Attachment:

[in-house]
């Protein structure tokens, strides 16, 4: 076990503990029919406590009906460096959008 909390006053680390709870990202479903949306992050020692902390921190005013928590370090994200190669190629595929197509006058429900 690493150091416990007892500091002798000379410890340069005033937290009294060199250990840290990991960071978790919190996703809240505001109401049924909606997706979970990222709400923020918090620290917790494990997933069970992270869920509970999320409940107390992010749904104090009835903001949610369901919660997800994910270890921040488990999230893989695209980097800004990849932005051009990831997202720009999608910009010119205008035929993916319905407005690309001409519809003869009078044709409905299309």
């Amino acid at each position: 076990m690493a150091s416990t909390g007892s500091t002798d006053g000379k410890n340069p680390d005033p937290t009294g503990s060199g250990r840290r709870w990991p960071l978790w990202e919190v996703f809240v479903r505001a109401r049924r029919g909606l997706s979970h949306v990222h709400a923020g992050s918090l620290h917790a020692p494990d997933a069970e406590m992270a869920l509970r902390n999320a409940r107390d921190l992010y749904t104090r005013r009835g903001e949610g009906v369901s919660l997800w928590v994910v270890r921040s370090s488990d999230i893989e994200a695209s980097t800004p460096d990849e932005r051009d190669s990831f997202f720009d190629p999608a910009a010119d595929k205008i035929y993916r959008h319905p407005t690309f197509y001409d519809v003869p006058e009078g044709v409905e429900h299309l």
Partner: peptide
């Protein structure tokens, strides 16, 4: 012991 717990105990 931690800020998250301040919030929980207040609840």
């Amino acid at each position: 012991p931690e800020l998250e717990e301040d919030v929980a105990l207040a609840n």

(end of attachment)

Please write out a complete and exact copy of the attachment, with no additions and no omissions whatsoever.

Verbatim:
[in-house]
């Protein structure tokens, strides 16, 4: 076990503990029919406590009906460096959008 909390006053680390709870990202479903949306992050020692902390921190005013928590370090994200190669190629595929197509006058429900 690493150091416990007892500091002798000379410890340069005033937290009294060199250990840290990991960071978790919190996703809240505001109401049924909606997706979970990222709400923020918090620290917790494990997933069970992270869920509970999320409940107390992010749904104090009835903001949610369901919660997800994910270890921040488990999230893989695209980097800004990849932005051009990831997202720009999608910009010119205008035929993916319905407005690309001409519809003869009078044709409905299309």
């Amino acid at each position: 076990m690493a150091s416990t909390g007892s500091t002798d006053g000379k410890n340069p680390d005033p937290t009294g503990s060199g250990r840290r709870w990991p960071l978790w990202e919190v996703f809240v479903r505001a109401r049924r029919g909606l997706s979970h949306v990222h709400a923020g992050s918090l620290h917790a020692p494990d997933a069970e406590m992270a869920l509970r902390n999320a409940r107390d921190l992010y749904t104090r005013r009835g903001e949610g009906v369901s919660l997800w928590v994910v270890r921040s370090s488990d999230i893989e994200a695209s980097t800004p460096d990849e932005r051009d190669s990831f997202f720009d190629p999608a910009a010119d595929k205008i035929y993916r959008h319905p407005t690309f197509y001409d519809v003869p006058e009078g044709v409905e429900h299309l």
Partner: peptide
């Protein structure tokens, strides 16, 4: 012991 717990105990 931690800020998250301040919030929980207040609840």
């Amino acid at each position: 012991p931690e800020l998250e717990e301040d919030v929980a105990l207040a609840n």